Blood moon visible over Milan
First of five eclipses this year.
A total lunar eclipse of 2019 will be visible over Milan early on Monday January 21.
During a total lunar eclipse, the earth moves between the sun and the moon, cutting off the moon's light supply. When this happens the moon's surface assumes a reddish glow instead of going completely dark, giving rise to the expression “blood moon”.
Additionally, a penumbral lunar eclipse will take place before and after the umbral lunar eclipse. However, a penumbral lunar eclipse is so faint that many people won’t even notice it while it is happening.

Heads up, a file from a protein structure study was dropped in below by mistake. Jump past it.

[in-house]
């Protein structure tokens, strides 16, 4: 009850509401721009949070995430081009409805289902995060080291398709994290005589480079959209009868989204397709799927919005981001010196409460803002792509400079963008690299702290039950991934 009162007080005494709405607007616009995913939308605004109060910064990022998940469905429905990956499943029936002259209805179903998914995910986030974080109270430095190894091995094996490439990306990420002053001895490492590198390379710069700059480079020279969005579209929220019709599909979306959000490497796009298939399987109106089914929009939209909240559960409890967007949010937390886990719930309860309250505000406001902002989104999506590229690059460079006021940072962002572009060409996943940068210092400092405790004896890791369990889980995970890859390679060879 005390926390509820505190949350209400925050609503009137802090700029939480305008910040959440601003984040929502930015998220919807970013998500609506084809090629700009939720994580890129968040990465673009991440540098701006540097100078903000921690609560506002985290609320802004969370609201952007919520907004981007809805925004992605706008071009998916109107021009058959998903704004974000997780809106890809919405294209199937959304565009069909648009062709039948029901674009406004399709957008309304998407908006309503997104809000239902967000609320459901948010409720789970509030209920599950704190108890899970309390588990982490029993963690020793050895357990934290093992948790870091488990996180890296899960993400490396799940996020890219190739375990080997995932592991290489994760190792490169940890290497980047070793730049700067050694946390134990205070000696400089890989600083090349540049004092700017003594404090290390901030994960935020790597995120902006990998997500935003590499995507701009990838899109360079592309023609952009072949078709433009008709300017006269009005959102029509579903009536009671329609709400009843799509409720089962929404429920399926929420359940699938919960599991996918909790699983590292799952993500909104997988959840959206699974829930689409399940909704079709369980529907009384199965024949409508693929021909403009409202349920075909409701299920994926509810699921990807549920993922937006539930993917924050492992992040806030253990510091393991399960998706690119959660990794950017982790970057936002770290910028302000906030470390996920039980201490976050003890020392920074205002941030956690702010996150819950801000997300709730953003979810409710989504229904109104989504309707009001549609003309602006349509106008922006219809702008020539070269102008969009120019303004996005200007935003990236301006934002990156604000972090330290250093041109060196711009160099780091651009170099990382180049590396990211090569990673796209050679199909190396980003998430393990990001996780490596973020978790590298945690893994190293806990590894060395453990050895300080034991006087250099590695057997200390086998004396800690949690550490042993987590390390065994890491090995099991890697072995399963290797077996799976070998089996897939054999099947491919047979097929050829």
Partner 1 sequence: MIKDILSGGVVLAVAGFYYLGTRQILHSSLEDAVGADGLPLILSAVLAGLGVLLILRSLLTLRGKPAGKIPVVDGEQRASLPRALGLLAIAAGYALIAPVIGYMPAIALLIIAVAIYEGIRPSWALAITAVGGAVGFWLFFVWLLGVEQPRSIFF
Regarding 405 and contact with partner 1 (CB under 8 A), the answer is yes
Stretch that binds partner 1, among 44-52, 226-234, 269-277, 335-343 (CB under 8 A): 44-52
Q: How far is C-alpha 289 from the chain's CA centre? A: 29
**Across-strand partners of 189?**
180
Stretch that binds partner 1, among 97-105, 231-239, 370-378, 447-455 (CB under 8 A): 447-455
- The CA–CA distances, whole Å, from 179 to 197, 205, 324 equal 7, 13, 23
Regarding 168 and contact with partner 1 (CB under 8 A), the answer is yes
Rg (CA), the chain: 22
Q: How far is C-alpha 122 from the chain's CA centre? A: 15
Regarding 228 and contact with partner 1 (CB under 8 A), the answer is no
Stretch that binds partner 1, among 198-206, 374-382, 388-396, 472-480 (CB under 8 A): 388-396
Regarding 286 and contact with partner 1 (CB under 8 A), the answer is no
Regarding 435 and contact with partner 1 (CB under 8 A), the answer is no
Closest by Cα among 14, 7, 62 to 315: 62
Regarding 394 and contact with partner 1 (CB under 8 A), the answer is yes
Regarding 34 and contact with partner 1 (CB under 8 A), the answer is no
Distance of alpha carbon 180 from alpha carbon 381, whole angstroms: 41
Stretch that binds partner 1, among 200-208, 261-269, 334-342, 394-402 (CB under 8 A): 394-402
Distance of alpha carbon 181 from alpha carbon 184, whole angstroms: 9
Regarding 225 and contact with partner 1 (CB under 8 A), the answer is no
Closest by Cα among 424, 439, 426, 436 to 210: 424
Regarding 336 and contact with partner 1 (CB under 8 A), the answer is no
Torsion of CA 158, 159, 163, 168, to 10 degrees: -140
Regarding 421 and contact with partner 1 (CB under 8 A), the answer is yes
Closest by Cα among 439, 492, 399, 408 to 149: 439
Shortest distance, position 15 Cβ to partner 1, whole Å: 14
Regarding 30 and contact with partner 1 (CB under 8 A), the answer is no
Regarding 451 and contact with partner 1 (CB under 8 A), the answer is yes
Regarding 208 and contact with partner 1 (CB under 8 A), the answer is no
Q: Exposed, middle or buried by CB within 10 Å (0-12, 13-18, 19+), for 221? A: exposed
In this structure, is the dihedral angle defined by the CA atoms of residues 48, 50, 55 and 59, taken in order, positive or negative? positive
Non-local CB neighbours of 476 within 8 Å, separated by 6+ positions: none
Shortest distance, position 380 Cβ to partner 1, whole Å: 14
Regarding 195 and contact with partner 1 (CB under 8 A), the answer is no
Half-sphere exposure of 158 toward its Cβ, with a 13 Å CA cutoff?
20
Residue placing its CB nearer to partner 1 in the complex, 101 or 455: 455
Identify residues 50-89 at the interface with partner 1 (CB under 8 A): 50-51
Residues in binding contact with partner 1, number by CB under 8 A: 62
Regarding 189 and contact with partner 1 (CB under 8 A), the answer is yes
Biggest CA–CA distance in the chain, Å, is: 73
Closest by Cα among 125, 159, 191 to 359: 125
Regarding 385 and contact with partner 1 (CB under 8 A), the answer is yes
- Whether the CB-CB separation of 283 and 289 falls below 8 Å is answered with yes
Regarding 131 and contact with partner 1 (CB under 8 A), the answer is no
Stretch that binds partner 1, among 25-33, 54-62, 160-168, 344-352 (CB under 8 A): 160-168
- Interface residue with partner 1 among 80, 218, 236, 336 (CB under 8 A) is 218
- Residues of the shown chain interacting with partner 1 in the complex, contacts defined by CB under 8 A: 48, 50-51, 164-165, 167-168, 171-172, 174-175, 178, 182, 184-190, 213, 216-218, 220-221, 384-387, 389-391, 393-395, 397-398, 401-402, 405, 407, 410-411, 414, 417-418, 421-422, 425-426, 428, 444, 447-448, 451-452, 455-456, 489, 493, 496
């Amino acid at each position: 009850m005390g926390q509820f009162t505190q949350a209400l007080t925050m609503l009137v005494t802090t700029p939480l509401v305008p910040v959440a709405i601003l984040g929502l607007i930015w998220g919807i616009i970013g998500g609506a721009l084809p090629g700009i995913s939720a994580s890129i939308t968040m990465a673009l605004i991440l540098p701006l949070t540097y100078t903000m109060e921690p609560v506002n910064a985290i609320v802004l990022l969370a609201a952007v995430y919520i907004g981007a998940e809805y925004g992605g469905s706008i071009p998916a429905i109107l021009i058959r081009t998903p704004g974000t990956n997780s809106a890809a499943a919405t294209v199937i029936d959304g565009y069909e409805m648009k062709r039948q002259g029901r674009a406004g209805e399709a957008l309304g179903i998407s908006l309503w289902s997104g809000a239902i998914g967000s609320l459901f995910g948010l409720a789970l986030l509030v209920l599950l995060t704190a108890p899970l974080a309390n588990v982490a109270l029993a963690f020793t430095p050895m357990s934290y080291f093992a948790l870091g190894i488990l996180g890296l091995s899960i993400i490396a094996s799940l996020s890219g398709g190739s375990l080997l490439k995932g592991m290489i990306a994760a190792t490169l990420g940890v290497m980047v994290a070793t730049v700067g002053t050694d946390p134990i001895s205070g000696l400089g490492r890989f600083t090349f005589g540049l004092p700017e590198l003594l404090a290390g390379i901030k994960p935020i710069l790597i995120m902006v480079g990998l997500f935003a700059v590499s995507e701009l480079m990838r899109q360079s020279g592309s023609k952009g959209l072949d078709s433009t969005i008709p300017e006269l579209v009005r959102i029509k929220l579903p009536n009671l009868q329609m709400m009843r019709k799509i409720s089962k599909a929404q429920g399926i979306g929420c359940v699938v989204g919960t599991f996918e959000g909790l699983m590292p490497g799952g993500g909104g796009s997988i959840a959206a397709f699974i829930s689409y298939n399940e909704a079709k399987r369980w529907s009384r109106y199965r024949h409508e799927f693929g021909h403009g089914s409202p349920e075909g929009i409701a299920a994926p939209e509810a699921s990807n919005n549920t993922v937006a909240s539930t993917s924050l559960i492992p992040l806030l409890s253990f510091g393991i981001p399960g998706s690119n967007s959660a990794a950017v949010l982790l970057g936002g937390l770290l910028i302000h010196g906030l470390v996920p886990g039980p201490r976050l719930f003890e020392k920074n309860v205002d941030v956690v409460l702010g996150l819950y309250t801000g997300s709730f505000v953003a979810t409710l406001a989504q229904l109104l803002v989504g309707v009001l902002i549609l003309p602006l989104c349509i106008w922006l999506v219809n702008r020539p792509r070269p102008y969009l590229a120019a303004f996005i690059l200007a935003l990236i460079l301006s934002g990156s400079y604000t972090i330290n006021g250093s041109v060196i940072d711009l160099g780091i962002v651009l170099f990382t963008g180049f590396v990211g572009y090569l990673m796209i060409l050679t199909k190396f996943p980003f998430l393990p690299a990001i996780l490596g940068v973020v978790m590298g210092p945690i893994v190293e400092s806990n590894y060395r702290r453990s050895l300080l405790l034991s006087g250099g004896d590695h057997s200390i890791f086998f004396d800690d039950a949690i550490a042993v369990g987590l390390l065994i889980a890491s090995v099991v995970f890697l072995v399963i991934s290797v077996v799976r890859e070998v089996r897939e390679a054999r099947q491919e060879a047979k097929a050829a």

The full eclipse will last for a little more than one hour. It will be preceded and followed by a partial umbral eclipse, each persisting for over an hour. The whole umbral eclipse from start to finish has a duration of nearly 3½ hours.
The full eclipse will start at 05.41 and end at 06.43. It will also be possible to view the event in live streaming via the Virtualtelescope, available from 04.30 on 21 January.
This will be the last total lunar eclipse visible from Earth until 26 May 2021, although there will be three solar and two partial lunar eclipses still this year. This one will be visible across North and South America, Greenland, Iceland, Europe, northern and western Africa, plus the Arctic region of the globe.